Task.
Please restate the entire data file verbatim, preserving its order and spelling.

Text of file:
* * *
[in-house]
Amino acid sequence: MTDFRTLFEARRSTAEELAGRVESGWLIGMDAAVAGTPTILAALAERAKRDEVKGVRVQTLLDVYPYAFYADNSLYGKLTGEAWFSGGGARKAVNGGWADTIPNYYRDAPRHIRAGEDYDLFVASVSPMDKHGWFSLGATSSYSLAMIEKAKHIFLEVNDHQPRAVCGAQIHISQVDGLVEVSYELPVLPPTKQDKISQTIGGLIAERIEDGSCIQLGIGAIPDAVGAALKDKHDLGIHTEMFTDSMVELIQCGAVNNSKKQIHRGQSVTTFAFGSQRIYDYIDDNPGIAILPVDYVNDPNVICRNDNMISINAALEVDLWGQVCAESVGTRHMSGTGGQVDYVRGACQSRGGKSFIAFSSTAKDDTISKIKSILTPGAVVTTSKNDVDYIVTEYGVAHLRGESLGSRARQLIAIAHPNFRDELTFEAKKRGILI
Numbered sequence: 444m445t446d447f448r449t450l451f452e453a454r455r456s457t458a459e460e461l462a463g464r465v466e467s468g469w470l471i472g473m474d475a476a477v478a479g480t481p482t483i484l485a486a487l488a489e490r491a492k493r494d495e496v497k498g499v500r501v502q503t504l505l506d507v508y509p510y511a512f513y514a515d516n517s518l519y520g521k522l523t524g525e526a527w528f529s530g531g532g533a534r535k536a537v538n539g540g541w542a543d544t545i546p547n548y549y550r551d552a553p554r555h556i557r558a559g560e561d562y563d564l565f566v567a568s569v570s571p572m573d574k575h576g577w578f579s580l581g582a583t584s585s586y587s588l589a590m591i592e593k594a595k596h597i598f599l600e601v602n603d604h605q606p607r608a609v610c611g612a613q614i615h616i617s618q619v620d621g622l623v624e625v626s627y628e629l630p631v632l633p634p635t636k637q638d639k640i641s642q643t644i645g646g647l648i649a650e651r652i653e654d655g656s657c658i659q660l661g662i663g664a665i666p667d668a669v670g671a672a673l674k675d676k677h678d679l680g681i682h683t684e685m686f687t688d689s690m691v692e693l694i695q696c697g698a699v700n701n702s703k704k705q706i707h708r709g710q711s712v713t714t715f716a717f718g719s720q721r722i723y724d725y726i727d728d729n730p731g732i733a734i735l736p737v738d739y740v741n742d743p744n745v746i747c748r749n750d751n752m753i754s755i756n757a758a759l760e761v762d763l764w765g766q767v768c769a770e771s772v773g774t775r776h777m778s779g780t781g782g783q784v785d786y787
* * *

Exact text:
[in-house]
Amino acid sequence: MTDFRTLFEARRSTAEELAGRVESGWLIGMDAAVAGTPTILAALAERAKRDEVKGVRVQTLLDVYPYAFYADNSLYGKLTGEAWFSGGGARKAVNGGWADTIPNYYRDAPRHIRAGEDYDLFVASVSPMDKHGWFSLGATSSYSLAMIEKAKHIFLEVNDHQPRAVCGAQIHISQVDGLVEVSYELPVLPPTKQDKISQTIGGLIAERIEDGSCIQLGIGAIPDAVGAALKDKHDLGIHTEMFTDSMVELIQCGAVNNSKKQIHRGQSVTTFAFGSQRIYDYIDDNPGIAILPVDYVNDPNVICRNDNMISINAALEVDLWGQVCAESVGTRHMSGTGGQVDYVRGACQSRGGKSFIAFSSTAKDDTISKIKSILTPGAVVTTSKNDVDYIVTEYGVAHLRGESLGSRARQLIAIAHPNFRDELTFEAKKRGILI
Numbered sequence: 444m445t446d447f448r449t450l451f452e453a454r455r456s457t458a459e460e461l462a463g464r465v466e467s468g469w470l471i472g473m474d475a476a477v478a479g480t481p482t483i484l485a486a487l488a489e490r491a492k493r494d495e496v497k498g499v500r501v502q503t504l505l506d507v508y509p510y511a512f513y514a515d516n517s518l519y520g521k522l523t524g525e526a527w528f529s530g531g532g533a534r535k536a537v538n539g540g541w542a543d544t545i546p547n548y549y550r551d552a553p554r555h556i557r558a559g560e561d562y563d564l565f566v567a568s569v570s571p572m573d574k575h576g577w578f579s580l581g582a583t584s585s586y587s588l589a590m591i592e593k594a595k596h597i598f599l600e601v602n603d604h605q606p607r608a609v610c611g612a613q614i615h616i617s618q619v620d621g622l623v624e625v626s627y628e629l630p631v632l633p634p635t636k637q638d639k640i641s642q643t644i645g646g647l648i649a650e651r652i653e654d655g656s657c658i659q660l661g662i663g664a665i666p667d668a669v670g671a672a673l674k675d676k677h678d679l680g681i682h683t684e685m686f687t688d689s690m691v692e693l694i695q696c697g698a699v700n701n702s703k704k705q706i707h708r709g710q711s712v713t714t715f716a717f718g719s720q721r722i723y724d725y726i727d728d729n730p731g732i733a734i735l736p737v738d739y740v741n742d743p744n745v746i747c748r749n750d751n752m753i754s755i756n757a758a759l760e761v762d763l764w765g766q767v768c769a770e771s772v773g774t775r776h777m778s779g780t781g782g783q784v785d786y787